Articles Posted in Mesothelioma in New England

According to a recent news report from the Valley Patriot, the Massachusetts Department of Environmental Protection (MassDEP) fined two asbestos abatement contractors. The fines were over $46,000 each for violations discovered during a routine inspection. Both violations occurred at the same commercial site at which both asbestos removal companies had been hired to perform work. The site was located in Burlington, Massachusetts.

no-entry-graffiti-art-1435986-m.jpgMassDEP discovered violations during an inspection in December 2014. Specifically, inspectors found 150 feet of pipe insulation made of asbestos-laden material had been placed in bags that did not have airtight seals, as required by state and federal law. The asbestos pipe insulation was also removed dry, despite a requirement all material be wet prior to removal.
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Asbestos has been used heavily during much of the last century in almost all aspects of production and construction. While many factory jobs and construction jobs involve working directly with asbestos, there are some jobs thought to be relatively safe from asbestos exposure. One of these safer construction jobs is sheet metal work.

hole-on-the-wall-1382106-m.jpgSheet metal workers typically handle projects working only with the metal and not coming in direct contact with asbestos-containing material like wall insulation or pipe insulation, some of the most likely sources of material emitting deadly asbestos fibers.

Unfortunately, many of these workers have been exposed to asbestos indirectly, and, while indirect exposure might seem safer, a recent study published in the

With the unscheduled closing of Boston’s Long Island Homeless Shelter, city officials have been scrambling find a new location to house hundreds of displaced homeless residents and many drug rehabilitation patients.

renovationtime.jpgThe shelter was closed when the bridge connecting Long Island to Quincy became so deteriorated city engineers urged it immediately be closed to prevent a deadly accident. The worst damage requiring the bridge to close was found on the underwater support structures during an extended inspection. With the island effectively cut off from the mainland, there was no way to keep the shelter open, and city officials were forced to close it with little advanced warning or preparation.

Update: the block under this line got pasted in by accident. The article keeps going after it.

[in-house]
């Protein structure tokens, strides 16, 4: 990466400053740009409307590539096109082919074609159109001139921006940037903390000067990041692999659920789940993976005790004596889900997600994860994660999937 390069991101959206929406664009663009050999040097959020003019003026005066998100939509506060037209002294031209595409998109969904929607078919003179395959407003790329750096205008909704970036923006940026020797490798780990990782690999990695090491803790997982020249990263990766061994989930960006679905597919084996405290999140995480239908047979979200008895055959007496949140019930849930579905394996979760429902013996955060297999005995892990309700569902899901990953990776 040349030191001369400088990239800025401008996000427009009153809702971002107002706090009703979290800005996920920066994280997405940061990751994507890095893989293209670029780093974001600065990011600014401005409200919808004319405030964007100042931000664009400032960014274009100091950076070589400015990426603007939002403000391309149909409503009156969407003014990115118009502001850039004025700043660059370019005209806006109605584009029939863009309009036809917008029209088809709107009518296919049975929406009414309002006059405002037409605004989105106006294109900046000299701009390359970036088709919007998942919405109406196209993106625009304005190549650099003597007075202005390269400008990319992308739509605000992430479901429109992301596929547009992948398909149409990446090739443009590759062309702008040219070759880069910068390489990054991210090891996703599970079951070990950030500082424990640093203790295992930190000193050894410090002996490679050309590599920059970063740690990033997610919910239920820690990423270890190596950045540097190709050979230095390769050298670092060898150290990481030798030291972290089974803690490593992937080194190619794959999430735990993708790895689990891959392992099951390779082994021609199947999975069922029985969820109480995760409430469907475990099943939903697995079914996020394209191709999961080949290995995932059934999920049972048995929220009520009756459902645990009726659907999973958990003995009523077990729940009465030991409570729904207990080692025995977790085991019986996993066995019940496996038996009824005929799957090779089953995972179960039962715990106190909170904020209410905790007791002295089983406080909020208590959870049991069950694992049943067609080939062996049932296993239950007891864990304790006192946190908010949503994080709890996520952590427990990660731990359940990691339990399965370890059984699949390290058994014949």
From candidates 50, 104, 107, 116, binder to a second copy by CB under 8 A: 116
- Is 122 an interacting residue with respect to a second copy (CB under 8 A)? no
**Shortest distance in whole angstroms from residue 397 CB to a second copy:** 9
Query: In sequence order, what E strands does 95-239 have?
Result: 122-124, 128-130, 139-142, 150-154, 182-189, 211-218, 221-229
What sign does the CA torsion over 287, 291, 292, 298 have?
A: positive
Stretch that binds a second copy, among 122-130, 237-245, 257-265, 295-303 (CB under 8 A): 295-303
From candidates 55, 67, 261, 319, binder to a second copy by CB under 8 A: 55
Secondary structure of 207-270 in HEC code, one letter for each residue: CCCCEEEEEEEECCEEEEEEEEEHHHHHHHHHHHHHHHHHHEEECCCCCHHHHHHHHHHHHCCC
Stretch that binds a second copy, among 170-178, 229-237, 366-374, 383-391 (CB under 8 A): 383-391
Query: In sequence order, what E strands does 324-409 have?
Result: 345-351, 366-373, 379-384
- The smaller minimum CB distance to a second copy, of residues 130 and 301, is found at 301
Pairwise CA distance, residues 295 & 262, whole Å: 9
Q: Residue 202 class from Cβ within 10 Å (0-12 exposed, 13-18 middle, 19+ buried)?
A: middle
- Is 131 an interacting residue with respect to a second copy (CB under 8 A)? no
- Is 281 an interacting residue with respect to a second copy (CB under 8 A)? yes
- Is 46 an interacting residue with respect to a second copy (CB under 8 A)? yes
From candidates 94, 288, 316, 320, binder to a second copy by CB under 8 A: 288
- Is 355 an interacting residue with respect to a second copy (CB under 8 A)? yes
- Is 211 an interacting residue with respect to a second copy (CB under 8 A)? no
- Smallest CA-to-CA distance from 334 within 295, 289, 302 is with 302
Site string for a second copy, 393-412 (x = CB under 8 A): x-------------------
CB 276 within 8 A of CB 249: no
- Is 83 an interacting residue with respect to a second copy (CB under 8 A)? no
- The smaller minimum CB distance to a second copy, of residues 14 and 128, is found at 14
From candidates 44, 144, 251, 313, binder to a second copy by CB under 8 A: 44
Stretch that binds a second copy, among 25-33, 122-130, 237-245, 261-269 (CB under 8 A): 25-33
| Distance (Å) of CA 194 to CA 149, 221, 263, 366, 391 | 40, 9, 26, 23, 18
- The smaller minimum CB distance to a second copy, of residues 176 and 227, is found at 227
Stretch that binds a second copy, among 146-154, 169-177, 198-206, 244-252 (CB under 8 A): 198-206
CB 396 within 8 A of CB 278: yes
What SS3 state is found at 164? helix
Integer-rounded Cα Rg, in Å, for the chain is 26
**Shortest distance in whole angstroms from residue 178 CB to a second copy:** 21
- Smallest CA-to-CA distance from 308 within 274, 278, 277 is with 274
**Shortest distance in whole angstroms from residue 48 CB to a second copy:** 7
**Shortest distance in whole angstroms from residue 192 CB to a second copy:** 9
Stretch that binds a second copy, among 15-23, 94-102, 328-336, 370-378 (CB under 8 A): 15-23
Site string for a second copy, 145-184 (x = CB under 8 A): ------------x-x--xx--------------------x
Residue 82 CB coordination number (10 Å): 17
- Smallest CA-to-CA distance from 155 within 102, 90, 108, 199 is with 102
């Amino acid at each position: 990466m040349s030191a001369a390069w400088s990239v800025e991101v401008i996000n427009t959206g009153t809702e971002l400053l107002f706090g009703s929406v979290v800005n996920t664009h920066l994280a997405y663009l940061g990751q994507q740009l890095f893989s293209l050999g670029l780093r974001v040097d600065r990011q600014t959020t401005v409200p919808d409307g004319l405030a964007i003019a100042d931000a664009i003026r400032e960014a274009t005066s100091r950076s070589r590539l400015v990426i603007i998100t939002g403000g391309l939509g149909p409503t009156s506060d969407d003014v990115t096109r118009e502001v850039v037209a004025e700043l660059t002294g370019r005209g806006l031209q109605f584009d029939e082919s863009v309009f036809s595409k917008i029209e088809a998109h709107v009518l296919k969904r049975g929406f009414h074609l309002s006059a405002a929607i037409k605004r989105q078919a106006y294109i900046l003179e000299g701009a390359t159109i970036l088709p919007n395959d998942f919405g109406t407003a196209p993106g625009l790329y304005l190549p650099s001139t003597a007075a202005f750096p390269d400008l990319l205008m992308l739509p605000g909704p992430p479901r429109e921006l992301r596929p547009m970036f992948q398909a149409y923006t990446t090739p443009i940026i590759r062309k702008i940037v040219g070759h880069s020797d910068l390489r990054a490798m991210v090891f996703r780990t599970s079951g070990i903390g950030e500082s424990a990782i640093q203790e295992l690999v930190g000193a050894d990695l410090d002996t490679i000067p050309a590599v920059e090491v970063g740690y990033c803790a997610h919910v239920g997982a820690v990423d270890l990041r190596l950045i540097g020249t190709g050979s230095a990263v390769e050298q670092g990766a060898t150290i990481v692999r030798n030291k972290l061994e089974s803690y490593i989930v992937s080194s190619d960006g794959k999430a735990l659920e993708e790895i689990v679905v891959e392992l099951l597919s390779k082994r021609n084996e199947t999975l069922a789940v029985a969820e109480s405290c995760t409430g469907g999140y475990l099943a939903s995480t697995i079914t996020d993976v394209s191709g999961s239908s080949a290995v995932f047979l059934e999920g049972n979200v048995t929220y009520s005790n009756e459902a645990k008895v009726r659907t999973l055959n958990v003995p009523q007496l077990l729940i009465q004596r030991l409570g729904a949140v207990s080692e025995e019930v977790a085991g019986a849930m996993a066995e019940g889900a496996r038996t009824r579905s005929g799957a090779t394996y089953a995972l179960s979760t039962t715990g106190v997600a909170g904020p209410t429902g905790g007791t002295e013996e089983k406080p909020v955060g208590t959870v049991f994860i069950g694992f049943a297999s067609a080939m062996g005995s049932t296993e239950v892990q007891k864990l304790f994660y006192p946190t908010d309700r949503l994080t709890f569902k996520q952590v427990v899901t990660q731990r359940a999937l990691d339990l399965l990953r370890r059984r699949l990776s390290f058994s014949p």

The city hopes a new shelter under renovation and remodeling will serve as permanent housing for the over 700 former residents at Long Island. This new shelter is being constructed at what was once a plant where transportation department workers conducted equipment repair and made street and road signs. This plant is filled with asbestos used during its construction. Much of this asbestos was already crumbling down as a result of years of deterioration and insufficient upkeep.
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Residents of Martha’s Vineyard, a town on the Cape south of Boston, have been eagerly awaiting the opening of the library budgeted to cost a quarter of a million dollars at the time bids were awarded. The problem now facing contractors is it is now estimated to cost nearly half a million dollars to complete the project, due to unforeseen delays including discovery of asbestos on the job site, according to a recent news article from MV Times.

law books.jpgWhen contractors had their bid approved and began work, the project was quickly halted when water begin filling the excavation site for the library foundation. The water was coming up from the water table below, and, for some reason, this was not anticipated at the time plans were approved. It cost builders and engineers over $100,000 to fix water table issues before construction could be resumed.

Once the water table issue had been resolved, contractors unearthed an underground storage tank, which had to be painstakingly removed and the resulting vacant hole filled in with suitable material. At this point, there were problems with the fence erected around the project. After tackling these new issues, and at very great expense, contractors then found pipes believed to be insulated with now friable asbestos material.
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According to a recent news article from Wicked Local Woburn, city council officials have finally granted approval on a permit request to remove asbestos after much speculation they would not agree to allow the project to move forward.

1327707_old_water_valve.jpgThe reason this permit request faced strong initial opposition was because an asbestos abatement company wanted permission to store asbestos debris at its headquarters within city limits. It was not until petitioners withdrew this specific request that city council members gave the stamp of approval.